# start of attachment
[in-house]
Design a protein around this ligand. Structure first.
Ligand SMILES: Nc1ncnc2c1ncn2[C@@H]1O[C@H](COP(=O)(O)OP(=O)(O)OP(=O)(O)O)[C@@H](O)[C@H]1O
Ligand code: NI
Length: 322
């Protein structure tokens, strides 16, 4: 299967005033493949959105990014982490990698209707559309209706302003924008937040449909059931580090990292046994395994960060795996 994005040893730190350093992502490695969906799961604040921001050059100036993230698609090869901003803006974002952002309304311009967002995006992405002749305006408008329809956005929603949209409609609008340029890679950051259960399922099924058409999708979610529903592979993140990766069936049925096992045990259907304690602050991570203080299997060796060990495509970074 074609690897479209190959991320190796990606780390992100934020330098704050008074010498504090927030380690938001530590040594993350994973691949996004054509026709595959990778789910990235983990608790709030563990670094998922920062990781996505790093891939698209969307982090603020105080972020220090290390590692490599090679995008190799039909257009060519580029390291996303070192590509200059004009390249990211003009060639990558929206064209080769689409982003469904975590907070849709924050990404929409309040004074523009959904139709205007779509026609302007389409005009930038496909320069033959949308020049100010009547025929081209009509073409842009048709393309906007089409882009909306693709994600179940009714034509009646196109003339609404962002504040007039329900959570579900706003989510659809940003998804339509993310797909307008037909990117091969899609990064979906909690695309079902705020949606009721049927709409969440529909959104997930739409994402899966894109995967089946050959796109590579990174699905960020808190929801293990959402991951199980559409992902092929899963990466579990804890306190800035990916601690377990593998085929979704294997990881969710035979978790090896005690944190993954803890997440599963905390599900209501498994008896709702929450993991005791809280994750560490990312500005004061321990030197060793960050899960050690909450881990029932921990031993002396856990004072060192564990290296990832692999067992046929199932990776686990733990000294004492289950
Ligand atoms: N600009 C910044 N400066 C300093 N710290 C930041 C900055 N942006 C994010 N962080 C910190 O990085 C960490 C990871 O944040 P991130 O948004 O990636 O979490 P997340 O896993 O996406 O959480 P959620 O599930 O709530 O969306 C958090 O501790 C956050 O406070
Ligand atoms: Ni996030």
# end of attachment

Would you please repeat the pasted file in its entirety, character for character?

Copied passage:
[in-house]
Design a protein around this ligand. Structure first.
Ligand SMILES: Nc1ncnc2c1ncn2[C@@H]1O[C@H](COP(=O)(O)OP(=O)(O)OP(=O)(O)O)[C@@H](O)[C@H]1O
Ligand code: NI
Length: 322
């Protein structure tokens, strides 16, 4: 299967005033493949959105990014982490990698209707559309209706302003924008937040449909059931580090990292046994395994960060795996 994005040893730190350093992502490695969906799961604040921001050059100036993230698609090869901003803006974002952002309304311009967002995006992405002749305006408008329809956005929603949209409609609008340029890679950051259960399922099924058409999708979610529903592979993140990766069936049925096992045990259907304690602050991570203080299997060796060990495509970074 074609690897479209190959991320190796990606780390992100934020330098704050008074010498504090927030380690938001530590040594993350994973691949996004054509026709595959990778789910990235983990608790709030563990670094998922920062990781996505790093891939698209969307982090603020105080972020220090290390590692490599090679995008190799039909257009060519580029390291996303070192590509200059004009390249990211003009060639990558929206064209080769689409982003469904975590907070849709924050990404929409309040004074523009959904139709205007779509026609302007389409005009930038496909320069033959949308020049100010009547025929081209009509073409842009048709393309906007089409882009909306693709994600179940009714034509009646196109003339609404962002504040007039329900959570579900706003989510659809940003998804339509993310797909307008037909990117091969899609990064979906909690695309079902705020949606009721049927709409969440529909959104997930739409994402899966894109995967089946050959796109590579990174699905960020808190929801293990959402991951199980559409992902092929899963990466579990804890306190800035990916601690377990593998085929979704294997990881969710035979978790090896005690944190993954803890997440599963905390599900209501498994008896709702929450993991005791809280994750560490990312500005004061321990030197060793960050899960050690909450881990029932921990031993002396856990004072060192564990290296990832692999067992046929199932990776686990733990000294004492289950
Ligand atoms: N600009 C910044 N400066 C300093 N710290 C930041 C900055 N942006 C994010 N962080 C910190 O990085 C960490 C990871 O944040 P991130 O948004 O990636 O979490 P997340 O896993 O996406 O959480 P959620 O599930 O709530 O969306 C958090 O501790 C956050 O406070
Ligand atoms: Ni996030």